What Should I Do IF My Ex Is Not Following Court Orders?
Court orders or judgments in divorce and custody cases are not self-enforcing. In most cases, neither the court or the friend of the court will follow-up with the parties after the orders are entered. The exception is child support, the friend of the court by law is required to account for and enforce child support orders for the benefit of the child in any case involving children where the parties have no opted out of the friend of the court services. Otherwise, the parties are expected to act as adults and follow the orders of the court.
Unfortunately, this is not always true and one party will fail to act accordingly. These issues tend to come up most in cases that involve custody and parenting time partly due to the prolonged time that these orders are in place and the personal nature of parenting. A divorce judgment could be entered when a child is two (2) years old and the custody/parenting time provisions will be in place for another sixteen (16) years until the child reaches age eighteen (18). Another category of cases where these issues arise is spousal support or alimony, partially for the same reasons and also most people that are ordered to pay alimony do not like it. In addition, in these cases the support is often secured by life insurance for the benefit of the payee so long as the alimony is payable. The payer is supposed to keep the life insurance in place with the payee as the beneficiary and provide proof of the same annually to the payee. Sometimes the payer is very reluctant to provide the proof or will refuse even after being asked. Finally, these issues can even come up in property division cases, where one party is refusing to comply with the terms, such as refusing to sign documents or transfer assets as ordered.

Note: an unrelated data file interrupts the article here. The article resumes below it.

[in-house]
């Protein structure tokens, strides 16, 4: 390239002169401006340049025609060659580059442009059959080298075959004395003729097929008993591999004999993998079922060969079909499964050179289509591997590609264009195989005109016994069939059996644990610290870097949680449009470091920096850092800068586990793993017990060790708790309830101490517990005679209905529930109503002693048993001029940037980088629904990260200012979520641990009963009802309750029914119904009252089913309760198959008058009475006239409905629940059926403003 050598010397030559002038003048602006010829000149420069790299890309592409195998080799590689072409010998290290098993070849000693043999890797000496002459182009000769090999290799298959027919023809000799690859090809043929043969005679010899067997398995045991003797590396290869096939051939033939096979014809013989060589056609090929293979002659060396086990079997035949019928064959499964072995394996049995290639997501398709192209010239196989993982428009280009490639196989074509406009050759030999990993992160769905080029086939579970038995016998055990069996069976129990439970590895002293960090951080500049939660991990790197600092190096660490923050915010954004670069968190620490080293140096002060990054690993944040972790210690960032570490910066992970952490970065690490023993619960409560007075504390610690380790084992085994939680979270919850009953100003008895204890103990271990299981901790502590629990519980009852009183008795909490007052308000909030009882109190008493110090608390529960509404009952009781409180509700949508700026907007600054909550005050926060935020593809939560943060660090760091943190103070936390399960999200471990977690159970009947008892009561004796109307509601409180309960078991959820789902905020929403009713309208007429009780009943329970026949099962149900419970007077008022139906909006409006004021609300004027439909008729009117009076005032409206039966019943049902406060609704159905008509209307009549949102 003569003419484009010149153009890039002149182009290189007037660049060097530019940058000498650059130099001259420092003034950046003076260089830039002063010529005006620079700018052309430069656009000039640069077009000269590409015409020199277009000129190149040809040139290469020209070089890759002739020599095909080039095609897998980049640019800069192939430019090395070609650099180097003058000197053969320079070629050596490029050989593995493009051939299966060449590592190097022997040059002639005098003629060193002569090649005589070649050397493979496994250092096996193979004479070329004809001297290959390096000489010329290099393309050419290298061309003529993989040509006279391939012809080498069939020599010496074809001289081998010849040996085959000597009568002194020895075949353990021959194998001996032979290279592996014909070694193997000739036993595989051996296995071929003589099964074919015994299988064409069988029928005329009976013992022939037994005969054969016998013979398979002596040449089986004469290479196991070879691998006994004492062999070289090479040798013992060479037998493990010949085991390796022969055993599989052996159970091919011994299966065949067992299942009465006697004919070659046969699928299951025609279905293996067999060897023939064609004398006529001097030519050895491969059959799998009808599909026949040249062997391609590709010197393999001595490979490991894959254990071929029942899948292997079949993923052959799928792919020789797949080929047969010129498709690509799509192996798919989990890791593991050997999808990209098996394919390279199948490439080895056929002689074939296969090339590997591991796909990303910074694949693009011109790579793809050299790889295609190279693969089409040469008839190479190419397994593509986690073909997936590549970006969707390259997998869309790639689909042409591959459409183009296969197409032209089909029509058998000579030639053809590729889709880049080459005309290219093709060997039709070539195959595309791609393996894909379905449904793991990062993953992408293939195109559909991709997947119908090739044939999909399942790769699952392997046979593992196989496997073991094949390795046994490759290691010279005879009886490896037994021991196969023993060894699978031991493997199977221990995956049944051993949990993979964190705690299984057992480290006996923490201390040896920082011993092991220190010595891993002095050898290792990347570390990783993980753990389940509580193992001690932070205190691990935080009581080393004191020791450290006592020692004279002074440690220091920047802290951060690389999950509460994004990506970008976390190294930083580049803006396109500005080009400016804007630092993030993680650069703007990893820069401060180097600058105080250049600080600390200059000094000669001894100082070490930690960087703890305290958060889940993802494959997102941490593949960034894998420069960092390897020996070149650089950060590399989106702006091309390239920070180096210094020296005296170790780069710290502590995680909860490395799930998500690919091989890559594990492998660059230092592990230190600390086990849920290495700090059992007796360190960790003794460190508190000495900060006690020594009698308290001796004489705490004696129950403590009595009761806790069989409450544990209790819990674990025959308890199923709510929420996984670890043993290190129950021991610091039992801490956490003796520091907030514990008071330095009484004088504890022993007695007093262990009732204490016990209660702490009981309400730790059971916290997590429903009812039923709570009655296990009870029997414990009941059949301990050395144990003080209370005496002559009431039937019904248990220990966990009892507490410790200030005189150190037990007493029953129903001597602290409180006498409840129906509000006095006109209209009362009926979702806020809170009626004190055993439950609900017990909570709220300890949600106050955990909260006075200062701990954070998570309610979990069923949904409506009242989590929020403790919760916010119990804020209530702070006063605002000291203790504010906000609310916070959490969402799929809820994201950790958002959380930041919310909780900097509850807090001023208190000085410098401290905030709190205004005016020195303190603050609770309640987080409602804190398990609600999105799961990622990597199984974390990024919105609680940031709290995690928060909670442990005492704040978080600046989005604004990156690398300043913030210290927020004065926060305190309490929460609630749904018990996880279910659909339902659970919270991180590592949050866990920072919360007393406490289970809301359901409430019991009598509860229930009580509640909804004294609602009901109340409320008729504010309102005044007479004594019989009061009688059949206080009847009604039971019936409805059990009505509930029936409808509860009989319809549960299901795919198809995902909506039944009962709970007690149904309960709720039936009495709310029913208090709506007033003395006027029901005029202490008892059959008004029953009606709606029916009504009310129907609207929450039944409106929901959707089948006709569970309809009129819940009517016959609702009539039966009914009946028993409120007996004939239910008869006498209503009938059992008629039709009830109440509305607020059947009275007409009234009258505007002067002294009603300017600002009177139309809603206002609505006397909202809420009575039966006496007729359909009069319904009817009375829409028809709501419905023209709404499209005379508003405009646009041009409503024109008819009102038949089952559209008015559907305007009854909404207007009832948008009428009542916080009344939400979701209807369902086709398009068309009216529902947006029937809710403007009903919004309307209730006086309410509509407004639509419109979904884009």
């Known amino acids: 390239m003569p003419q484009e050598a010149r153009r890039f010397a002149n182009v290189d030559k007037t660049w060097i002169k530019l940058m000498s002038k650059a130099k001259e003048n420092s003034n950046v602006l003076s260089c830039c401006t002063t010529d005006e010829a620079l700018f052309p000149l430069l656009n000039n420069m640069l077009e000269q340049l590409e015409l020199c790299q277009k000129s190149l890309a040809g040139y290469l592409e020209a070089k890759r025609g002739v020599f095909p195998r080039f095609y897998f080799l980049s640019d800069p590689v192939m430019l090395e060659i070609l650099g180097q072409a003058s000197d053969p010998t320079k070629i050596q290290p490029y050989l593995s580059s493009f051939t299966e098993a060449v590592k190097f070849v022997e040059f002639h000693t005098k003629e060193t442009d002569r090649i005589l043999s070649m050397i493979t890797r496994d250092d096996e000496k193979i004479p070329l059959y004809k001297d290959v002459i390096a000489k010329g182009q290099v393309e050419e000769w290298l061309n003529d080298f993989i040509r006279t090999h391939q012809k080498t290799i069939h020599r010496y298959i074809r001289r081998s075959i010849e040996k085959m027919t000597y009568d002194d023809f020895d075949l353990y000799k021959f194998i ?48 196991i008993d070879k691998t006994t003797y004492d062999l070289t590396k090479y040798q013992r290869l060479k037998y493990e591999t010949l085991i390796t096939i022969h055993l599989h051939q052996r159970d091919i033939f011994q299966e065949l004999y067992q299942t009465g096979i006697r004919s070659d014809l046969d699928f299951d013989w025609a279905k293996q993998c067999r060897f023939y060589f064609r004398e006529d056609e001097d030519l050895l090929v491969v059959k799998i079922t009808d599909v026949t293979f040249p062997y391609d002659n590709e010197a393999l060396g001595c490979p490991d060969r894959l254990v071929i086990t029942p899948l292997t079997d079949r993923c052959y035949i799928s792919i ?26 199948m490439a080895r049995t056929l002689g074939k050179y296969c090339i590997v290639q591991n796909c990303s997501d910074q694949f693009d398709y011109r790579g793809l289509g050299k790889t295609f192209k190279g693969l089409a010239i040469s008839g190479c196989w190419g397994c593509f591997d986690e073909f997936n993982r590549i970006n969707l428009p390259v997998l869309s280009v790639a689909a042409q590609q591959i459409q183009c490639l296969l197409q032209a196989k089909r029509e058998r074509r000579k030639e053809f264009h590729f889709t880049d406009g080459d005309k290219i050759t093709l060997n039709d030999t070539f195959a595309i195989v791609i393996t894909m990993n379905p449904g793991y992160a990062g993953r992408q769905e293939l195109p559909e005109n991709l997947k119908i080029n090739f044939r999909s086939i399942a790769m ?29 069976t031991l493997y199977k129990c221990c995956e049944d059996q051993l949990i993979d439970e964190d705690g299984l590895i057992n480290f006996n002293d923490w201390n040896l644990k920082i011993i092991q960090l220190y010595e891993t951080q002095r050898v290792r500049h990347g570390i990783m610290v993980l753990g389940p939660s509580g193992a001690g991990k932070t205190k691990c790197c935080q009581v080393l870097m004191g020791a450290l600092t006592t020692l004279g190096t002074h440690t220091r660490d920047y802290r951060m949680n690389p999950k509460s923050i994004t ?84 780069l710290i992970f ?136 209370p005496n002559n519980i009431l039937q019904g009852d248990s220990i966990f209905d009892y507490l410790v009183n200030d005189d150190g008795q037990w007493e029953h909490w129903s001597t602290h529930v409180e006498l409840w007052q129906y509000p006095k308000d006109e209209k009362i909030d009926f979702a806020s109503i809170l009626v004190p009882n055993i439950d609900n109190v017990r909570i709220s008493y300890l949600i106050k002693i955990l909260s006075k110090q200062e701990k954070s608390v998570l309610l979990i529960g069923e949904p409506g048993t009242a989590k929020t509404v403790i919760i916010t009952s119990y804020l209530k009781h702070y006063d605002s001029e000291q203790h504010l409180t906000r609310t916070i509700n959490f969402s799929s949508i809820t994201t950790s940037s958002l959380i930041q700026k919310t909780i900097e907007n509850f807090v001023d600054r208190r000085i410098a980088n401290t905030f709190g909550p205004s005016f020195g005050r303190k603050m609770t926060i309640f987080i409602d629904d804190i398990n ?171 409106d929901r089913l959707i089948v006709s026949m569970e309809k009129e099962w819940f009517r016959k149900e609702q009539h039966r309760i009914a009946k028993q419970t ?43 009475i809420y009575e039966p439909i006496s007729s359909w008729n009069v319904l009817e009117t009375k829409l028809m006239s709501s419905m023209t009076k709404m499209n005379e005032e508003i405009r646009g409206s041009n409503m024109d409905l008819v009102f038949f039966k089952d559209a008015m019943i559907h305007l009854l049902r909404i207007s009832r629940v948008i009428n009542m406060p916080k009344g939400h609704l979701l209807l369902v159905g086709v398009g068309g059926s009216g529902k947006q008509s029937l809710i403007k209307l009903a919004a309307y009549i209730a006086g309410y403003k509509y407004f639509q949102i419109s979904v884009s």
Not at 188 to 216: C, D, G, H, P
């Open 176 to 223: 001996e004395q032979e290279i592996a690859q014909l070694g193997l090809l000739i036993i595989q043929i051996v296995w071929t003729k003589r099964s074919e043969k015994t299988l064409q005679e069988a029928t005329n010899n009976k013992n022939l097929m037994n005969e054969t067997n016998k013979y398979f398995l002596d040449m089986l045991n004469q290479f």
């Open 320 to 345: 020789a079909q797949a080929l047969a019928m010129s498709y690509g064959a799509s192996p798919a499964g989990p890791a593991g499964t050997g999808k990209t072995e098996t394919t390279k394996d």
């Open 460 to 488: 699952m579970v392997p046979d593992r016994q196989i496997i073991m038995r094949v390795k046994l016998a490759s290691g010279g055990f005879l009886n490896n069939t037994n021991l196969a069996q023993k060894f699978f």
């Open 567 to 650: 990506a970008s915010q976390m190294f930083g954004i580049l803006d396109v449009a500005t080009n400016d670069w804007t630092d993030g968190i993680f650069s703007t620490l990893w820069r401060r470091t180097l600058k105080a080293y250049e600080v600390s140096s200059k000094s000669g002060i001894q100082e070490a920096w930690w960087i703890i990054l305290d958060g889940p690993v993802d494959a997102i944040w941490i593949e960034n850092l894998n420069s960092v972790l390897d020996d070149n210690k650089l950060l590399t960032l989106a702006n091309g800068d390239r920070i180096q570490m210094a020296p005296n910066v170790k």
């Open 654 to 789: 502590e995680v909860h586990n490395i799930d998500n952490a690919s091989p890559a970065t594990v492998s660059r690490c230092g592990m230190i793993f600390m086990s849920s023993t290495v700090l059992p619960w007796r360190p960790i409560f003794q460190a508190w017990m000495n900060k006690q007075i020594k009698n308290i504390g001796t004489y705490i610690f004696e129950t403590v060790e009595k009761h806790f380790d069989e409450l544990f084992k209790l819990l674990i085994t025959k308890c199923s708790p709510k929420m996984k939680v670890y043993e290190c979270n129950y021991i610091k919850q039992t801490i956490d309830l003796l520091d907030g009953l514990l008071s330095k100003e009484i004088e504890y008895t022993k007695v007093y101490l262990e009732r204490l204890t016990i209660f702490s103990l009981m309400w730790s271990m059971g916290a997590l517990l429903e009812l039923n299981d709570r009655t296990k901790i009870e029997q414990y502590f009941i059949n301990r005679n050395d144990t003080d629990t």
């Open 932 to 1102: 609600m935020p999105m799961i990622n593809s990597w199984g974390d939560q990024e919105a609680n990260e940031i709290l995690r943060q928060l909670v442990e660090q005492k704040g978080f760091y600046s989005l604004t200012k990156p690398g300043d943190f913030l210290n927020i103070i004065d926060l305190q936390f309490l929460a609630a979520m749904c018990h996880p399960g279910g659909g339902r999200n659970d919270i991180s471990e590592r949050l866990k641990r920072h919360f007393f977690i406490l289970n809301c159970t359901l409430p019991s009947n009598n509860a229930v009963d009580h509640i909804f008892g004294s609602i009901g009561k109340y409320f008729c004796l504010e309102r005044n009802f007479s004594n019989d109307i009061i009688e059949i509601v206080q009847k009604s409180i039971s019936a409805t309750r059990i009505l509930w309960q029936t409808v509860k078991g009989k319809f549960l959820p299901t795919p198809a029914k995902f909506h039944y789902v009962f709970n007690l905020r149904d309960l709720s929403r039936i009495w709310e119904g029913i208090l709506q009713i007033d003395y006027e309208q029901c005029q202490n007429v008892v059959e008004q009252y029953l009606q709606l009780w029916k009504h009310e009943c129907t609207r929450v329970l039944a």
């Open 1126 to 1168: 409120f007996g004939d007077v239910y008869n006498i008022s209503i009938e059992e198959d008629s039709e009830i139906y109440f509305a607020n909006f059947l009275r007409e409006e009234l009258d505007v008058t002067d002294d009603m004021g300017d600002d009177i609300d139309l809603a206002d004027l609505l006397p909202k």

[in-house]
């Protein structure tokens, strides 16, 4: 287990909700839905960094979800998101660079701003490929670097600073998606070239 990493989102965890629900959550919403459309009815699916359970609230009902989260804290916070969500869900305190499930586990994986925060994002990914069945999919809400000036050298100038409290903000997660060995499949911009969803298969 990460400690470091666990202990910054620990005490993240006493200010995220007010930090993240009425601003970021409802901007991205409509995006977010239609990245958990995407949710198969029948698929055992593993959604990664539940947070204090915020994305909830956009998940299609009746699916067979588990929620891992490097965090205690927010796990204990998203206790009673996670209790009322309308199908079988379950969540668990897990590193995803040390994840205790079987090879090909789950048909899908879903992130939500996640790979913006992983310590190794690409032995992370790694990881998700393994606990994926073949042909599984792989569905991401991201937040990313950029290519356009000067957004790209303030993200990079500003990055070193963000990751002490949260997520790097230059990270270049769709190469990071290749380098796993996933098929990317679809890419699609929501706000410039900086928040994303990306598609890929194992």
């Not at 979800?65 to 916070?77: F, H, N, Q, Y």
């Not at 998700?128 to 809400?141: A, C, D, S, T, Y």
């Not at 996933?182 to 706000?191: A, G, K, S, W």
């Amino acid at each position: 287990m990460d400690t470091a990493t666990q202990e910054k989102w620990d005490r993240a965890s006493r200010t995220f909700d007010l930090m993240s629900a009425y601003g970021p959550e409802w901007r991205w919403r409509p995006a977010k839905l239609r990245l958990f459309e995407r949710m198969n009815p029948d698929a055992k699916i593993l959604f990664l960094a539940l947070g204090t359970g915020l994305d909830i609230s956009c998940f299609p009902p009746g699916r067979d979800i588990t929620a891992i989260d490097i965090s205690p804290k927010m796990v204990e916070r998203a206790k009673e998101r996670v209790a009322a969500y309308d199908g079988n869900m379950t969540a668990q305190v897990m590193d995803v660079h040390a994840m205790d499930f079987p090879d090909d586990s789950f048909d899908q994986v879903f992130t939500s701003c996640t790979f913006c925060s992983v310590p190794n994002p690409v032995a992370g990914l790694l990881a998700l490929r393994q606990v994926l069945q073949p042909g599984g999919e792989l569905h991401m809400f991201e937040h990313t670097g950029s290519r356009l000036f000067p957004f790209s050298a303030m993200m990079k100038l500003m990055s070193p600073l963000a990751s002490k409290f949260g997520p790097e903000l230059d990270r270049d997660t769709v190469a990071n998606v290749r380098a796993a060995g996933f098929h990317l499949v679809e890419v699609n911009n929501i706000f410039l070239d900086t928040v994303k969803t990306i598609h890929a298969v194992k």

When this occurs it is the responsibility of the wronged party to file a motion and bring the problem to the court's attention. The party should file either a motion to enforce the order or a motion to hold the non-compliant party in contempt. In either case, the court will read the motions and allow the parties to present their sides. The court will then issue an order that often will include at least an admonishment to the non-compliant party and sometimes sanctions or fines, including ordering the offending party to pay the other side's attorney fees and costs for having to file the motions. Courts generally expect their orders to be followed and do not like it when one fails to follow the orders or play games with the other side in the margins. The worst thing that a wronged party can do in these situations is nothing, because that party may lose his or her rights and it encourages the other party to continue to do wrong.
Family law and divorce are complicated areas of the law. If you are having issues with someone not following the orders of the court or disobeying a judgment of divorce, please contact my assistant, Cathy, to schedule an appointment by calling us at (248) 608-4123 or through this web site.